Pregnancy and Infant Loss
Today is Pregnancy and Infant Loss Remembrance/Awareness Day. I don’t blog much, but this is a topic near and dear to my heart. As many of you know, Monica and I lost one child due to low amniotic fluid and lost two others as vanishing twins.
The statistics on pregnancy and infant loss are horrific:
- Each year in the US, 11,300 babies die on the day they were born.
- 1 in 160 babies in the US are stillborn.
- 10% to 20% of all pregnancies result in a miscarriage.
- The actual number of pregnancies resulting in a miscarriage is probably much higher than 20% because many miscarriages occur so early in pregnancy that the woman doesn’t even know she’s pregnant.
Pregnancy and infant loss affects so many but gets so little attention. People are afraid to talk about it. Maybe it’s taboo because people don’t know how to talk about it. When it happened, I didn’t know how to talk about it. I still struggle with the topic. I do know this: the more I talk about it the easier it is.
I’m no trained expert, but through my own experience I have some tips for interacting and supporting those going through pregnancy loss:
- Don’t get scientific or legal with terminology. The grieving parents just lost a baby. Not a fetus. A baby. Their baby.
- Don’t try to rationalize or explain. Telling a grieving parent “Something must have been wrong and this is for the best” or “God wanted another angel” doesn’t help. In fact it can make it worse.
- “At least” are probably the worst words you can use. “At least you didn’t know the baby,” “At least it wasn’t really a baby yet,” “At least you are young and can still have another one.” Nothing truly supportive can come after “at least.”
- Don’t directly mention the baby. Stick to things like “I’m sorry for your loss,” and see where the conversation goes.
- Actually, don’t mention any baby, pregnancy, or miscarriage. If you have a story, no matter how supportive or positive you think it may be, save it for another time. It won’t help right now. Trust me.
- The one exception is if you personally experienced pregnancy or infant loss. In that case, it may help as grieving parents are seeking people to connect to who can truly understand their pain. It better be personal experience though and not a story about your friend, sister, or somebody else. I might sound arrogant saying that, but while grieving it was true.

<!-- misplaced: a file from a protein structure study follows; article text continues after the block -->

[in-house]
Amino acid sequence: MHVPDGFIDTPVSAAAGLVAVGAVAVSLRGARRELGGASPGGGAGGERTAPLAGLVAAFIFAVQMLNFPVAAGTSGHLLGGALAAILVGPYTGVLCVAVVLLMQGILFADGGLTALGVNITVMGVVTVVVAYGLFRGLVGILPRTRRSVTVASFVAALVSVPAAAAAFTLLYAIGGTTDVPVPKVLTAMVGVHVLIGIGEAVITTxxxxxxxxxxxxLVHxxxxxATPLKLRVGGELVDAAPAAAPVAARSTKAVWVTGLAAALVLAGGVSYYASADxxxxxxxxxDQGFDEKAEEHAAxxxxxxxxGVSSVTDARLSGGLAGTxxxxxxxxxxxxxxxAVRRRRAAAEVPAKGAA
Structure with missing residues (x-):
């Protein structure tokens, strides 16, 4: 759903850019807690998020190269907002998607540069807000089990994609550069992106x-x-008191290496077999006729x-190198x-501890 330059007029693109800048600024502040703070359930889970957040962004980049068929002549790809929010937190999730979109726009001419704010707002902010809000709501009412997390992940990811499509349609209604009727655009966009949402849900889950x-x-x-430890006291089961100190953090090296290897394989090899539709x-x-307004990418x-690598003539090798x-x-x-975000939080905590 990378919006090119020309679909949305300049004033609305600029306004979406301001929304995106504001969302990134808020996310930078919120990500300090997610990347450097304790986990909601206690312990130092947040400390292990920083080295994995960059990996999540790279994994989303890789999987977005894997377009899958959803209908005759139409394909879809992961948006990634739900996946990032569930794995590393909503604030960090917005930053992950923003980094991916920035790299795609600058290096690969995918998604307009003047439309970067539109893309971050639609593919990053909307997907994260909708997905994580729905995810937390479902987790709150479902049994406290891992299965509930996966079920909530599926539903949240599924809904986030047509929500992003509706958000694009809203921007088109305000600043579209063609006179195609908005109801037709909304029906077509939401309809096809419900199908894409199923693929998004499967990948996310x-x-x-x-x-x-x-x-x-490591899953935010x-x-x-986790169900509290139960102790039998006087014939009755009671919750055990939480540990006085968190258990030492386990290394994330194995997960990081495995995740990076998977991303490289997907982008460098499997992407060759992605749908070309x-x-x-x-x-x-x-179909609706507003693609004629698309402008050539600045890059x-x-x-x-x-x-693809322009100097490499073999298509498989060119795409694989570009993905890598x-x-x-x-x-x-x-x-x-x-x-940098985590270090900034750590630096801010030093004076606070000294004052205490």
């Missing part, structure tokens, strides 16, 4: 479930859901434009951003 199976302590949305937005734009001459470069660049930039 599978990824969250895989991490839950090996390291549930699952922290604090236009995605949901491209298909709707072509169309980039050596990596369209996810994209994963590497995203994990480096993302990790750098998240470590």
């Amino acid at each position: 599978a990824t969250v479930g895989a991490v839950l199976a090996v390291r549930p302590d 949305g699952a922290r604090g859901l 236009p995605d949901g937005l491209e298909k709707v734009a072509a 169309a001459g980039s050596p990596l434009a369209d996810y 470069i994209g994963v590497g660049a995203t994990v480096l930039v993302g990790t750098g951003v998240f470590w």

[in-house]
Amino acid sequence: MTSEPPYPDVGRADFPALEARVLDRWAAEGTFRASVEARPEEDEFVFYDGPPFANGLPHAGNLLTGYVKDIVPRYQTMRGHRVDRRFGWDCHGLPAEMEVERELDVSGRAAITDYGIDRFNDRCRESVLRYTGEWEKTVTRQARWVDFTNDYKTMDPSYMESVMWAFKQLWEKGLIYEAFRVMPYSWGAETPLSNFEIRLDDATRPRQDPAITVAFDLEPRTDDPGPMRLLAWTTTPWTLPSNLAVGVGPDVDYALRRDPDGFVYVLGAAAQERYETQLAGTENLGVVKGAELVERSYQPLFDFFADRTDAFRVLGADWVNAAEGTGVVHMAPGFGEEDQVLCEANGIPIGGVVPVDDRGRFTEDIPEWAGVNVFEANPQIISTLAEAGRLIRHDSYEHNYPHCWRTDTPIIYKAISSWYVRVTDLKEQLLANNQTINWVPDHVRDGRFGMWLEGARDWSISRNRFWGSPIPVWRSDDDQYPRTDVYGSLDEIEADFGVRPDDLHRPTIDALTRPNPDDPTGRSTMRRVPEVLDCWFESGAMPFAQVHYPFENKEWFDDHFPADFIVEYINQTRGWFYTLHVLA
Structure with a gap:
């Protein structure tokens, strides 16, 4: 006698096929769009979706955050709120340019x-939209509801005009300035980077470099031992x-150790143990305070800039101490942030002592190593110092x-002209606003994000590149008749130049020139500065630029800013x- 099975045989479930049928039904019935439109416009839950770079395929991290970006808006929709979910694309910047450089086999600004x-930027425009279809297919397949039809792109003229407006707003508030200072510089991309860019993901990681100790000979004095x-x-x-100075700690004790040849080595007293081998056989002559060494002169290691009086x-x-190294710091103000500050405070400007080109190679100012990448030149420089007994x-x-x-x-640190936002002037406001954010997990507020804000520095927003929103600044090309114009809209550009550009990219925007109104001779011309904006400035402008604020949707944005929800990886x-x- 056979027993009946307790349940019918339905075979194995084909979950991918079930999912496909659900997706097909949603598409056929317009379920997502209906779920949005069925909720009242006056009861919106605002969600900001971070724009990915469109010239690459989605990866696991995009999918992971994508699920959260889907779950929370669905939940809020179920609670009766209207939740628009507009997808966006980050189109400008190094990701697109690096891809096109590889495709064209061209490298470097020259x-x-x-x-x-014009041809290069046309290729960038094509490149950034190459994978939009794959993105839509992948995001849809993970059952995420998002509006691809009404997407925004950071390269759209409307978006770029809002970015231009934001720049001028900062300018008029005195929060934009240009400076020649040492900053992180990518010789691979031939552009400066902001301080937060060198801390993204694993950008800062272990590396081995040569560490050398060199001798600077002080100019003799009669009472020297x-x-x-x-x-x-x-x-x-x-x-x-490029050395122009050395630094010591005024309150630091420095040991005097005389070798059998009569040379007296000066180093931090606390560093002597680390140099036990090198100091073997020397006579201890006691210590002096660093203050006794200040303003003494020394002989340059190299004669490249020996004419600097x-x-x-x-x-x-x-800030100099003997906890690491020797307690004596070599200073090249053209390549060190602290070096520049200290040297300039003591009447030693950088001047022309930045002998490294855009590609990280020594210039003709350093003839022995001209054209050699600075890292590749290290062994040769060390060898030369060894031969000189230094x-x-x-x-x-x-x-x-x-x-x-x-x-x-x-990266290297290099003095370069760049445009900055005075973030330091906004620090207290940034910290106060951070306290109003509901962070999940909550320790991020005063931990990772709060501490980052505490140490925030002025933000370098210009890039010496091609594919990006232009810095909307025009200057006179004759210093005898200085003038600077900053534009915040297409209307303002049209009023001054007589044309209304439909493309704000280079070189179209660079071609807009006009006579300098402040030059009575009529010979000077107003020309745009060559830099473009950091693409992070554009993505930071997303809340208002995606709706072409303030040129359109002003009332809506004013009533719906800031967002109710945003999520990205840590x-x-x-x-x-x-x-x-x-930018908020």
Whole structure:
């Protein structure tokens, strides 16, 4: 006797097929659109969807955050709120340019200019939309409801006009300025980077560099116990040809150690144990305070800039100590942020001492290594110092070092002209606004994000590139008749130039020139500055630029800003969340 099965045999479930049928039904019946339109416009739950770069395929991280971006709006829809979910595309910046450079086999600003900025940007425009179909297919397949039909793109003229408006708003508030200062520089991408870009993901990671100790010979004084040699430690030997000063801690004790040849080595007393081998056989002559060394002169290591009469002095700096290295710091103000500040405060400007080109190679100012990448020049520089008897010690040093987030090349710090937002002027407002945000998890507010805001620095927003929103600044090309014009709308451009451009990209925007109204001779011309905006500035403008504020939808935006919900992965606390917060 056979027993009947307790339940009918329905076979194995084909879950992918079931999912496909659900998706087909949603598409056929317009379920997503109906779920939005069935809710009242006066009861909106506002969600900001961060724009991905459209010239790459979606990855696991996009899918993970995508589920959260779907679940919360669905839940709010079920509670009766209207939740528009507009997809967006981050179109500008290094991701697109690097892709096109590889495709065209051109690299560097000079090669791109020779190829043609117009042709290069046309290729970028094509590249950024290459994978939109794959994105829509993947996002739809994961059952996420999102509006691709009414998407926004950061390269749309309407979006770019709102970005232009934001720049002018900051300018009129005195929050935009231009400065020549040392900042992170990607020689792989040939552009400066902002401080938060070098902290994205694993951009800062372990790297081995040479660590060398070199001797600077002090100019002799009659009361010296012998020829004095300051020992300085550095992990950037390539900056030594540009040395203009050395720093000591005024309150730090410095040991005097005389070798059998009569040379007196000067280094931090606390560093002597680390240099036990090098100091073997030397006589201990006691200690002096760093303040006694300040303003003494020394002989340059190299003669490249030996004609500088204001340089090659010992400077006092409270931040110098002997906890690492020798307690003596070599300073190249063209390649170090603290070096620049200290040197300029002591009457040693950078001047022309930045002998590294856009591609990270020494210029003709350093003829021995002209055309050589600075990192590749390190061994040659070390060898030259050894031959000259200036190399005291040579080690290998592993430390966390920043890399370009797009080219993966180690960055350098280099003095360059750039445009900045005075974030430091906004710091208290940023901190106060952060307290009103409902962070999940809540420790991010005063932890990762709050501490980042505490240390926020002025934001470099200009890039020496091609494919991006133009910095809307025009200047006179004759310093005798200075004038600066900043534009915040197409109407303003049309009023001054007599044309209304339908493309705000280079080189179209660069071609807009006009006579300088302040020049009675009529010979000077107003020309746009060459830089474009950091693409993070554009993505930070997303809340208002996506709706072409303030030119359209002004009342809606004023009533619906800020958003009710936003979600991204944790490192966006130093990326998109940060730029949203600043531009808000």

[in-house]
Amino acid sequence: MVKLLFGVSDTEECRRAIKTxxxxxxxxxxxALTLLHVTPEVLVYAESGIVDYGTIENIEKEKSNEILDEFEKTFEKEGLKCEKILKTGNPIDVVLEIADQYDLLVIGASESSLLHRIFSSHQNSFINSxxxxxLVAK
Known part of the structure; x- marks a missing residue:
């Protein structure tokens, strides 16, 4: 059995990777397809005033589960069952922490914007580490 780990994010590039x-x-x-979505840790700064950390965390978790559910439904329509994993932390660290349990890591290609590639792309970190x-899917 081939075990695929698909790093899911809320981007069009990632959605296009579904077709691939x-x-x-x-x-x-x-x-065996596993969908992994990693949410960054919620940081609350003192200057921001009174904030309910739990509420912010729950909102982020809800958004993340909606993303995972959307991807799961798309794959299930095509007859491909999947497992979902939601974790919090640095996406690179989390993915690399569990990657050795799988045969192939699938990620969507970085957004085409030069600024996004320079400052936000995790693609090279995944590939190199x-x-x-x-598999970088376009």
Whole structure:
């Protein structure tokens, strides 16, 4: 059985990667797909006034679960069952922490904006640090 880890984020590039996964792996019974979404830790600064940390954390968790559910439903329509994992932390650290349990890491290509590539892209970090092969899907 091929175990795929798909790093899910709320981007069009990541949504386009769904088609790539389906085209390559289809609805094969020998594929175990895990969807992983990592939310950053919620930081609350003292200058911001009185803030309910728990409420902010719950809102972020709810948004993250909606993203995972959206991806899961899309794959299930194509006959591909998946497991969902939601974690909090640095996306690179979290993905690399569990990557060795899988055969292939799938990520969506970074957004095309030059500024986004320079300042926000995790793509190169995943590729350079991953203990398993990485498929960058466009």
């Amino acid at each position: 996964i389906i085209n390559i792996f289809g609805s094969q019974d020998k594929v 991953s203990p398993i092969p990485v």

- Speaking about children may be OK, but it’s best to avoid the topic altogether if you aren’t sure.
- Listen, listen, and listen. Let the grieving parents speak and let them guide the conversation wherever they want it to go.
- Just because you are listening doesn’t mean you should be silent.
- Grieving parents cry. They may try to hold it back in public, but they do cry. It’s ok to cry with them. In fact it’s appreciated.
- Most people are sympathetic the first time they see the parents but never mention the loss again. Often they avoid it and pretend it didn’t happen. Grieving takes a long time and a simple “How are you holding up?” every once in a while goes a long way. It opens up the door for more conversation if the grieving parent so chooses, but it doesn’t invade their privacy or force them to talk if they don’t want to.
It’s like any other great pain: you never get over it; you can just hope to carry on. Some couples jump back on the wagon as having a child is the only way to lessen the pain. Others need to step back and can’t even think about trying for a long time, if ever. Either way, be supportive because they need it.
I’ve gotten to the point where I can freely talk about pregnancy loss. It was a hard long road and I couldn’t have done it without my best friend, Monica. We walked that road together.
Anyone needing a friend to talk to can always give me a call. It doesn’t matter if we see each other all the time or barely at all. I know the dark loneliness of it all and am certainly willing to extend an ear.